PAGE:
Buying your first home is an exciting, life-changing experience. But it’s no secret that it comes with a lot more responsibility than, say, renting.
Locks. Maintenance. Mail. Lawn care. It can seem a bit overwhelming, especially at first, but don’t sweat it. We’re here to calm those nerves with a “welcome home” checklist of 6 homeownership tips that’ll help you settle into your new digs in no time.
Let’s get into it, shall we?
6 Homeownership Tips for Every First-Timer
Change Your Locks
First things first: Replace the set of keys you just got with a new set. This tip mostly applies to those who bought an older home, but those new-build homeowners might want to follow suit.
The simple fact is that you’re never 100% sure how many copies of those old keys exist. You could have the only set, but there could be a few others out there. Luckily, replacing locks is a relatively easy process — and these days, you have more options than you’ll probably know what to do with.
We’re big fans of automation (have we introduced you to Octane?), so we recommend smart door locks. Some products come with keys for unique combinations, some can be unlocked with your phone, and others combine both features with the ease of a traditional metal key. No matter your selection, replacing your locks can help you feel more secure at home.
Scout the Sewer Lines & Septic Tank
Sure, the house looks great on the outside, but who’s to say if the previous owners loved to flush baby wipes? ‘Getting sewer lines and septic tanks scoped during the inspection is our official recommendation, but in case you had to sidestep an inspection to close the deal, getting it done after the fact is just as helpful.
This isn’t just to check for blockages — it’s to check for damaged and leaky pipes as well. These problems can lead to backups, flooding, foundation damage, and a host of health risks.
Flush Your Water Heater
We’d like to think that houses are as well-kept as a certified pre-owned car with a complete history of repairs and upgrades. The simple truth is that you can never be 100% sure of what the previous owner (or builder) did to ensure every piece of equipment is in as good condition as possible.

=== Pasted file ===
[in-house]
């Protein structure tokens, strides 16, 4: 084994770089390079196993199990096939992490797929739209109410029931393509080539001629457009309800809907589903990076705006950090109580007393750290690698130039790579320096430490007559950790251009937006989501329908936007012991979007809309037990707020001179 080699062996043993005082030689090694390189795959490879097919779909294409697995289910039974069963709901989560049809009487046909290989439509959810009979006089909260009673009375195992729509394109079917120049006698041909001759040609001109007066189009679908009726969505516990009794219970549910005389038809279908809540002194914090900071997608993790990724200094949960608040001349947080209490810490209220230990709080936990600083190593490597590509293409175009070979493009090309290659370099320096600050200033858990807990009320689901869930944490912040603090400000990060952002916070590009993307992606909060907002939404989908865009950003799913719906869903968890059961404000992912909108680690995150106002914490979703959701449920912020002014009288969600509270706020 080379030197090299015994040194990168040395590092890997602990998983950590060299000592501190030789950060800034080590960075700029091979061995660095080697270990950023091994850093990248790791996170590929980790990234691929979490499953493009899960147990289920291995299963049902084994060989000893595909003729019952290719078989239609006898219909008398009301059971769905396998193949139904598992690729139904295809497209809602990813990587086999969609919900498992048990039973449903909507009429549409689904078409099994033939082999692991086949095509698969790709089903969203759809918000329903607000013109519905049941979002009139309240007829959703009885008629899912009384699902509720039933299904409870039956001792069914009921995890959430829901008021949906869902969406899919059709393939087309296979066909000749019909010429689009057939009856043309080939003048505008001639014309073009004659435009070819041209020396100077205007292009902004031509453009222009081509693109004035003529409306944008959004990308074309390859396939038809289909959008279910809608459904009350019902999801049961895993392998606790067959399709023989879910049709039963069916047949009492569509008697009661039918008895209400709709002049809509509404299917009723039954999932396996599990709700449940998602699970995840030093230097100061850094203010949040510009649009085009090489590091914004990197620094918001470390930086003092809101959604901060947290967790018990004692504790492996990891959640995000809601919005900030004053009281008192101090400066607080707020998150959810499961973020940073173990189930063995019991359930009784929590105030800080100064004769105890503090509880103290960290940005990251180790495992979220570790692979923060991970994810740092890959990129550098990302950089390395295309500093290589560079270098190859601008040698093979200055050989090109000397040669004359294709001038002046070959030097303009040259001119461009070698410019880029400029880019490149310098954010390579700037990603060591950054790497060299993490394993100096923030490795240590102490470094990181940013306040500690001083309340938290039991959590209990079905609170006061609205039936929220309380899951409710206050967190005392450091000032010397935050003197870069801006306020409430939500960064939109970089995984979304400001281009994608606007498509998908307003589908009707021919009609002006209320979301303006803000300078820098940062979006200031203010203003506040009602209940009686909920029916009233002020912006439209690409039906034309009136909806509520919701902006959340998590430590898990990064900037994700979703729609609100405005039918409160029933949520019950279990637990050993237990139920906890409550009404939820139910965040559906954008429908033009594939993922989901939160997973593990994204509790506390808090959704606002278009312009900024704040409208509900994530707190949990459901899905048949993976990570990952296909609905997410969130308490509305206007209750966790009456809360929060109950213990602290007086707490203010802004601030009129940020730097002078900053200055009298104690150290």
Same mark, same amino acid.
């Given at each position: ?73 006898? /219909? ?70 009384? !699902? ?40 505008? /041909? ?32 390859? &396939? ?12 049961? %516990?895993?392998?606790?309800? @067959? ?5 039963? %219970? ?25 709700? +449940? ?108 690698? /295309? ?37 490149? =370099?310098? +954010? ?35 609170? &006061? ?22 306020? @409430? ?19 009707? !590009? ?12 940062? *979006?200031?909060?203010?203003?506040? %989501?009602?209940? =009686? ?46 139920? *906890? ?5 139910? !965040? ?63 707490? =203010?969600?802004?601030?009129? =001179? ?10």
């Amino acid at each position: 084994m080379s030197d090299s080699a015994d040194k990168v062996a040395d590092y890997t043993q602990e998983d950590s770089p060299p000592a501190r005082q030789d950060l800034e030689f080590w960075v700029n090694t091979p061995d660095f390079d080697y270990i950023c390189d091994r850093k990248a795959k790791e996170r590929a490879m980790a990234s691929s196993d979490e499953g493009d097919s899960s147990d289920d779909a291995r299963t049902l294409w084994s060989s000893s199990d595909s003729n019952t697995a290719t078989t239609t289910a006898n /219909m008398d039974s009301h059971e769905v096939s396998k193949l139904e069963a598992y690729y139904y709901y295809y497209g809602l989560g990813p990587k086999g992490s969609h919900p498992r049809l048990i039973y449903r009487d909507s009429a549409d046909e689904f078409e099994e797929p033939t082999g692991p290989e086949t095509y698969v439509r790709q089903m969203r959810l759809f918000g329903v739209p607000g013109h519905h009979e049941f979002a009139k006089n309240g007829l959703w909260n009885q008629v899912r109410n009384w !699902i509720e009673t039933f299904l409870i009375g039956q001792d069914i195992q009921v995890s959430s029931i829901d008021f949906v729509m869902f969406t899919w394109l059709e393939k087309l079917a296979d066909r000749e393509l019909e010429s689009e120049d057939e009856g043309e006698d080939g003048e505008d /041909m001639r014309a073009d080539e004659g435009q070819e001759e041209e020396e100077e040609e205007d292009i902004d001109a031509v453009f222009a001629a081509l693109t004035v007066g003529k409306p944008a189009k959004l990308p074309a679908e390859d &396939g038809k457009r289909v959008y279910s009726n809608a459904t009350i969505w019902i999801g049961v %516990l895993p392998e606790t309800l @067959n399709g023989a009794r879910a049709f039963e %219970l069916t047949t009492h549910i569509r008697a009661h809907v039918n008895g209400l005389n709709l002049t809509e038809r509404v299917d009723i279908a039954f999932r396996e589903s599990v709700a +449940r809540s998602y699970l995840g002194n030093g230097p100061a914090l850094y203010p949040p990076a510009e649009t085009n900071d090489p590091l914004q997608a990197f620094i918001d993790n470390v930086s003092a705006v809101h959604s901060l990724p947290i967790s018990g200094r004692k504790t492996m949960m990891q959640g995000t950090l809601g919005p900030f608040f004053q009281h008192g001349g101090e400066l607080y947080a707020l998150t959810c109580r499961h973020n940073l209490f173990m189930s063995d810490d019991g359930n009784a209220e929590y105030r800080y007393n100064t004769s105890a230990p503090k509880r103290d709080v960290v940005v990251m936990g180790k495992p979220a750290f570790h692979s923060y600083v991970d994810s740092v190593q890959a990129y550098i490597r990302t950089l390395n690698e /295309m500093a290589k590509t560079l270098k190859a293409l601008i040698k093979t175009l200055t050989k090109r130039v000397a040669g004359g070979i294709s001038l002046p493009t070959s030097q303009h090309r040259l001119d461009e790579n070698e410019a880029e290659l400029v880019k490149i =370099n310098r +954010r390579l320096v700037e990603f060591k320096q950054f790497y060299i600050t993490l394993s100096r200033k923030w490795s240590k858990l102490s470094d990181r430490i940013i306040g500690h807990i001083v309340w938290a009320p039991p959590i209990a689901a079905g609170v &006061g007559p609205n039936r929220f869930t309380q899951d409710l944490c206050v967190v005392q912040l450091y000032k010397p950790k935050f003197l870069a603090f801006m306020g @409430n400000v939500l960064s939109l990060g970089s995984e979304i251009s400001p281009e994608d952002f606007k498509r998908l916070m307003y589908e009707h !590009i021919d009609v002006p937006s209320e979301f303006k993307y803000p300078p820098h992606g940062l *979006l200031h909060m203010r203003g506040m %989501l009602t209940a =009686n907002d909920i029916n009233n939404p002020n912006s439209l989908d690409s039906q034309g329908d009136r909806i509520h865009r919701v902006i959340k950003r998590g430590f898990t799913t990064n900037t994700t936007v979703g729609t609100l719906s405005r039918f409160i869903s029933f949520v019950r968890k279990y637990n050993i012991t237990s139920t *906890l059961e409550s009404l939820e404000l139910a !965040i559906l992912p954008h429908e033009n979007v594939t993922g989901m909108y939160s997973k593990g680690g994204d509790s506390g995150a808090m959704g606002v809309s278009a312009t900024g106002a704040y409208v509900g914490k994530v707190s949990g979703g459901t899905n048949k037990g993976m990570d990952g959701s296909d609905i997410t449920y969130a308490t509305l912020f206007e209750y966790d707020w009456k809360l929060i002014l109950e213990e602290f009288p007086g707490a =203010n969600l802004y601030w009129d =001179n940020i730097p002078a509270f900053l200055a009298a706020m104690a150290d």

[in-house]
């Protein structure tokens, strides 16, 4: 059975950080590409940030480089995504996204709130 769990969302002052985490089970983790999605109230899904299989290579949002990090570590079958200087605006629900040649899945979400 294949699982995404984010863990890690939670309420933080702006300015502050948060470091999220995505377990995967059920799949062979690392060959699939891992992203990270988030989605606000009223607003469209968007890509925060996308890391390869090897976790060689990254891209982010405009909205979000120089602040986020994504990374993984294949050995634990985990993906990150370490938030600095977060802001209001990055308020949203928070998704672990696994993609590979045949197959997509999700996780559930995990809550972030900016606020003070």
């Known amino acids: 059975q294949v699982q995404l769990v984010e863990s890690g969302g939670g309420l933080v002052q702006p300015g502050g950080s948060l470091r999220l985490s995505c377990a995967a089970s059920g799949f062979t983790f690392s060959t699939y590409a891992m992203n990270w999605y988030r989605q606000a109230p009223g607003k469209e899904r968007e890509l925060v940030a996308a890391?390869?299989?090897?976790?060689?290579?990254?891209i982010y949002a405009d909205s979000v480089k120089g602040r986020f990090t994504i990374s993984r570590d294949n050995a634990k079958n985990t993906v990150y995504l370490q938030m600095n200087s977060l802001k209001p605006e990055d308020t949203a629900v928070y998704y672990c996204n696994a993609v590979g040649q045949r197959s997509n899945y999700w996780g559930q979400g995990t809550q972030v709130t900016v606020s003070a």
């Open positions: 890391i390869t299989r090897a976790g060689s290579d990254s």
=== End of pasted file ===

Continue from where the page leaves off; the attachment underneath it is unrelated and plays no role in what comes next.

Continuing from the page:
Water heaters are a big thing to look out for, and flushing them is a relatively easy process that doesn’t necessarily require a professional plumber (but hey, if they’re there to scope your sewer lines…).
Water heaters should be flushed at least once a year. When they go without flushing for extended periods of time, sediment builds up and corrosion becomes a concern. This sediment can decrease your heater’s capacity, hurt its performance, and in the most serious cases…could have explosive results.
A simple annual flush can save you from a sizable repair bill down the line.
Caulk The Cracks
Drafts pose a danger to your energy bill and cracks allow all sorts of critters to crawl in. A few tubes of caulk can help seal window cracks, repair minor roof damage, or protect your bathroom from water damage.
|Window Cracks||Roof Damage||Water Damage|
Look for siliconized latex caulking, which combines the long-term sealing effects of silicon caulk with the paintability of latex.
Grab an asphalt-based sealant for roof gaps, damaged shingles, and minor roof leaks. It’s durable, weather-resistant, and watertight.
Good old-fashioned 100% silicone caulk will help seal up any spaces between tilework to prevent water from seeping behind walls or under floors.
Clean & Replace Filters
Breathe easy, buyer. Changing the air filters when you move in is good for myriad reasons: First, you get to see what size filters are needed throughout the home. Second, you’ll be able to rest easy knowing the filters you put in are new and up to standard.
But don’t stop at air filters. Dishwashers, refrigerators, washing machines, and dryers all have filters or screens that can be cleaned or replaced. Replacing or cleaning these items can prevent blockages and keep equipment in good working condition for years to come.
Find Out When Trash Day Is
A simple task, but a helpful one. After all, no one wants to be the neighbor who puts their trash out on the wrong day, at the wrong time. Knowing when the garbage truck arrives (and how to arrange bulk pick-up) will also help you plan any home improvement projects. Your neighborhood’s schedule can usually be found online.
While you’re at it, find out if recycling is a required activity or if it’s something you’ll have to handle yourself. Some locales require recycling, and sometimes recycling bins are picked up on non-garbage days. If your area doesn’t provide a recycling bin or have a designated ordinance for the activity, it’ll likely fall on you.
These simple 6 homeownership tips should help you feel more at-home in your new home — but here’s one last tip: If you’re ever overwhelmed by the projects ahead of you, make another list and order them by importance. Not everything needs to be tackled right away, and not every problem requires a professional solution.
Your home is your responsibility, but we’ll make sure you don’t go it alone.
Not everything needs to be tackled right away, and not every problem requires a professional solution.